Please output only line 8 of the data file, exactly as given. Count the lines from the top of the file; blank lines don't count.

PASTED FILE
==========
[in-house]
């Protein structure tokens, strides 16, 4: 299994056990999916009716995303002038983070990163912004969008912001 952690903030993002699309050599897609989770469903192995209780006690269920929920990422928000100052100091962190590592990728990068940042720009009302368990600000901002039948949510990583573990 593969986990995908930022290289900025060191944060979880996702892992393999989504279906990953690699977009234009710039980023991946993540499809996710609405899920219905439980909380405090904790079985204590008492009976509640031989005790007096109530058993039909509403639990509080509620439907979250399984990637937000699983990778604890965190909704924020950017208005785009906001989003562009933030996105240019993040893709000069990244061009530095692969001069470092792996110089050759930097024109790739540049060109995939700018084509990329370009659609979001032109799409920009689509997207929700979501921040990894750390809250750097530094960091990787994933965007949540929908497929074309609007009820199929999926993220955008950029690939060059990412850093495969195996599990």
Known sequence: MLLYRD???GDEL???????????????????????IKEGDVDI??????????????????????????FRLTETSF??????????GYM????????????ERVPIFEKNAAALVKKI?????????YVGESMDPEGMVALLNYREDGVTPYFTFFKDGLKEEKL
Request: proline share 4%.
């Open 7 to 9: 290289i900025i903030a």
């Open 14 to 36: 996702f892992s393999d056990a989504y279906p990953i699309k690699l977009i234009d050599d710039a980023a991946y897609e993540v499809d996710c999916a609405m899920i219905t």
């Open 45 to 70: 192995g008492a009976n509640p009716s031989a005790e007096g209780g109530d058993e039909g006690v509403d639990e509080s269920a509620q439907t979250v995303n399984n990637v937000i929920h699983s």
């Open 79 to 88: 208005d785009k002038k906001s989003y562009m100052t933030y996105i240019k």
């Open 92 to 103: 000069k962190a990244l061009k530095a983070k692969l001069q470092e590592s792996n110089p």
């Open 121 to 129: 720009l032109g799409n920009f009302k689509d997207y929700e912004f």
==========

């Open 79 to 88: 208005d785009k002038k906001s989003y562009m100052t933030y996105i240019k």